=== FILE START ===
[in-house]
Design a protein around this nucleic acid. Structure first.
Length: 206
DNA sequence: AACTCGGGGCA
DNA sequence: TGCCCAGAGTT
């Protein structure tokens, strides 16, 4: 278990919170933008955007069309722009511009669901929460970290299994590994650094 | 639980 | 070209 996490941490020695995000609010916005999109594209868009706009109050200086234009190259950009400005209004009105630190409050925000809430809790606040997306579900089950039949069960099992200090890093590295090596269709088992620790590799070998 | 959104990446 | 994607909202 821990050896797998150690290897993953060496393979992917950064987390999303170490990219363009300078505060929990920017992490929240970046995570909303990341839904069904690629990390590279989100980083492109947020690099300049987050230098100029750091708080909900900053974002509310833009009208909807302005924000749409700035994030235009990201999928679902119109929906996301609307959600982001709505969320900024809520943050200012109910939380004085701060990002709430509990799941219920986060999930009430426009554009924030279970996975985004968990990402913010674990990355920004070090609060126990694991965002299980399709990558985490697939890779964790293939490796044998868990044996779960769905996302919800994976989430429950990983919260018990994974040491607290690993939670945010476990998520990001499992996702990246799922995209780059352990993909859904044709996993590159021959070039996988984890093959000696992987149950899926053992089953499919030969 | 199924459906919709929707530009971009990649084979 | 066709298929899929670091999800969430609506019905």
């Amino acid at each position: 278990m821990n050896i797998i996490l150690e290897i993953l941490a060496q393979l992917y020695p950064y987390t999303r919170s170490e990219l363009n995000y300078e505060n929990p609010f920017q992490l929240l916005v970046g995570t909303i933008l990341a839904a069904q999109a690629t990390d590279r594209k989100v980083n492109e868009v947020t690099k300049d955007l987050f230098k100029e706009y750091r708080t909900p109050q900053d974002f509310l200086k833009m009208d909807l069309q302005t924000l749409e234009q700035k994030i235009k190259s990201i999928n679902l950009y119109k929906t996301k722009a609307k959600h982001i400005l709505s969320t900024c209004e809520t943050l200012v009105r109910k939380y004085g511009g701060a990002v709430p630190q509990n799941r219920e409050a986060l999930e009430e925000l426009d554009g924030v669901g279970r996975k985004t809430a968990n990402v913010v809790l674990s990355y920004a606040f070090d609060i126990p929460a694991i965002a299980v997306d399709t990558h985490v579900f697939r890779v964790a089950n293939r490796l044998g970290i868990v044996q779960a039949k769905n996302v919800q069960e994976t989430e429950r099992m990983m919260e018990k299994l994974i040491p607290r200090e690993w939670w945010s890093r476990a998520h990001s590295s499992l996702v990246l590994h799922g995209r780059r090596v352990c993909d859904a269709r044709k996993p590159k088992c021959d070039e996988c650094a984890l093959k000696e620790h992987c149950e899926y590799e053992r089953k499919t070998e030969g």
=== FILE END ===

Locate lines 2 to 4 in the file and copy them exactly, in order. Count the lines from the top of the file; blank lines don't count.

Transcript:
Design a protein around this nucleic acid. Structure first.
Length: 206
DNA sequence: AACTCGGGGCA